New Study Finds Distinct Microbes Living Next to Corals

Laura Weber collects a syringe sample from seawater surrounding an Orbicella faveolata coral colony in Jardines de la Reina, Cuba. Laura Weber collects a syringe sample from seawater surrounding an Orbicella faveolata coral colony in Jardines de la Reina, Cuba. (Photo by Amy Apprill, Woods Hole Oceanographic Institution)

May 21, 2019

Symbiotic algae living inside corals provide those animals with their vibrant color, as well as many of the nutrients they need to survive. That algae, and other microbes within the bodies of corals, have been extensively studied—yet until now, researchers have largely ignored the microbial communities just outside of the coral colonies. A new study from scientists at the Woods Hole Oceanographic Institution (WHOI) has begun to describe and catalogue microbes that live just a few centimeters from the surface of corals, laying the groundwork for future studies. The researchers’ work published May 21 in the journal Limnology and Oceanography.

“Microbes are everywhere on reefs. There’s roughly a million of them in a single milliliter, which is about 20 drops, of seawater. But we don’t yet have a good sense of the microbial population that exists right next to corals,” says Laura Weber, lead author of the study and a PhD student in the joint WHOI-MIT program. “There’s some evidence from previous studies that corals may be surrounded by unique microbial cells, but many questions are still unanswered. Do these cells differ with coral species or reef site? How might they function?” she says.

To begin to chip away at those questions, Weber and her colleagues focused on sampling the seawater surrounding Caribbean corals across multiple reefs. Weber thinks that microbes immediately next to the corals could play a role in breaking down waste products from the colonies, introducing new nutrients and potentially letting symbiotic algae or pathogens into the corals themselves.

Along with her PhD advisor, Amy Apprill, Weber traveled to a protected coral reef system called the “Jardines de la Reina,” located amid a string of remote islands near the southern coast of Cuba. Once there, Weber teamed with local Cuban scientists Patricia Gonzalez-Díaz and Maickel Armenteros to dive on the reefs and collect dozens of small samples from the water near five different species of coral.

“The Cuban reefs provided a perfect opportunity for this study. Because they’re so remote, there’s limited impact from human activities,” says Apprill, a coral reef ecologist at WHOI and senior author on the paper. A majority of the reef system was established as a marine protected area by the Cuban government in 1996, so fishing is prohibited and diving tourism is restricted. “The Cuban scientists we collaborated with are also doing research that complements our own. They have extensive knowledge of their marine environment, and provided access to research permits, which was a clear advantage when planning sites for cruises,” Apprill adds.

Once the samples were back in the US, Weber analyzed the genetic material of the microbes inside them to figure out which species were present. She found that different types of coral did indeed have different microbial communities living near them. ”We started finding cool species-specific trends,” Weber says. “I didn’t think we would see any differences at all—but it turned out that in some areas, the bacterium Endozoicomonas, which lives symbiotically with corals, was actually enriched in the seawater closer to corals compared to the surrounding  reef water. That means the region adjacent to corals could be important for attracting symbionts to a coral’s surface, or it could represent a region where corals shed their symbionts.”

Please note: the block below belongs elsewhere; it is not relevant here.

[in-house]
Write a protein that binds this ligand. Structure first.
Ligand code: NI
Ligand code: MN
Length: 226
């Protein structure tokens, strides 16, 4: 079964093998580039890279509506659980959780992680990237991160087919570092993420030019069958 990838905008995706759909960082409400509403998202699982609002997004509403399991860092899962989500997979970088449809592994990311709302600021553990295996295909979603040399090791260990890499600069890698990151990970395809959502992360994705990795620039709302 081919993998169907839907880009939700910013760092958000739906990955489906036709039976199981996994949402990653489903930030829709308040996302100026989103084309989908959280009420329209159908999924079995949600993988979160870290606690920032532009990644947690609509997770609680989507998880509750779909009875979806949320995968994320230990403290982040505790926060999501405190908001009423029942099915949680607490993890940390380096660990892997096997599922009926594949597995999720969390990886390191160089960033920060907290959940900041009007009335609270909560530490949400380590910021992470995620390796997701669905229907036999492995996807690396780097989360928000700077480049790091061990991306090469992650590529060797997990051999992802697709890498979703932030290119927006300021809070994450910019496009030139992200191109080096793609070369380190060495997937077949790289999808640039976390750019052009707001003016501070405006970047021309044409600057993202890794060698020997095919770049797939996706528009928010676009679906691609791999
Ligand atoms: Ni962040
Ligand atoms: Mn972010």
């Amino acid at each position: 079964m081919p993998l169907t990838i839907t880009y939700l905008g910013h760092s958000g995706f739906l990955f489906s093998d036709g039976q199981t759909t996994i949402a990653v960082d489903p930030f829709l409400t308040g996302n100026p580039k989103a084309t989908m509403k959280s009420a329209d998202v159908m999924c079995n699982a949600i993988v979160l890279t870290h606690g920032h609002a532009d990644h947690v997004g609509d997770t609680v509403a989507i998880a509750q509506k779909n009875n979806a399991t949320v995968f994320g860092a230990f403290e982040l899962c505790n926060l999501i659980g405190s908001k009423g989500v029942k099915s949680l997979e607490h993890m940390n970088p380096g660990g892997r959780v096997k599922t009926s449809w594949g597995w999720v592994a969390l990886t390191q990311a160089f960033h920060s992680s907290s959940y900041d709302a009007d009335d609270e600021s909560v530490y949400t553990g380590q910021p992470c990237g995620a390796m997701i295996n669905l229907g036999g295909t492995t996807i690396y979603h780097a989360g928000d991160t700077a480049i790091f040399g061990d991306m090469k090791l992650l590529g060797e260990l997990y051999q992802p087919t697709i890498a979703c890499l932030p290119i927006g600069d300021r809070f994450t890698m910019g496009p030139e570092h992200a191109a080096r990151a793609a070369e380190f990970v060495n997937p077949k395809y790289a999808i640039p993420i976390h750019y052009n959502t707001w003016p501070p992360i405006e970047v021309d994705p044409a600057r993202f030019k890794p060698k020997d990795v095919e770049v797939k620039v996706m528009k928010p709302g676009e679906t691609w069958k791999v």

In addition to understanding which microbes are living next to corals, Weber and Apprill also looked at the microorganisms’ potential ecological functions. They found that the seawater microbes contained genes that let them interact with the coral surface, suggesting that there may be important interactions between seawater microorganisms and the coral surface.

“Scientists have been working for a while now to understand the role of microorganisms in reef environments and within coral colonies. But now we have evidence that demonstrates a possible relationship between seawater microbes and coral symbionts. That gives us some clues to how they find and infect coral colonies, and how they might impact the health of the corals. It’s very exciting,” Weber says.

This project was funded by the Dalio Explore Fund, which supports scientific research at WHOI. The fund is part of Dalio Philanthropies’ larger commitment to ocean exploration and discovery, including the new OceanX initiative.

“We are thrilled to support WHOI’s scientific research efforts through the Dalio Explore Fund,” said Vincent Pieribone, Vice Chairman, OceanX. “The findings from this mission will help reveal the secret lives of coral, how their microbiome – similar to ours – supports good health, and how, when they are at an imbalance, corals, like humans, can become sick.”

The Woods Hole Oceanographic Institution is a private, non-profit organization on Cape Cod, Mass., dedicated to marine research, engineering, and higher education. Established in 1930 on a recommendation from the National Academy of Sciences, its primary mission is to understand the oceans and their interaction with the Earth as a whole, and to communicate a basic understanding of the oceans’ role in the changing global environment. For more information, please visit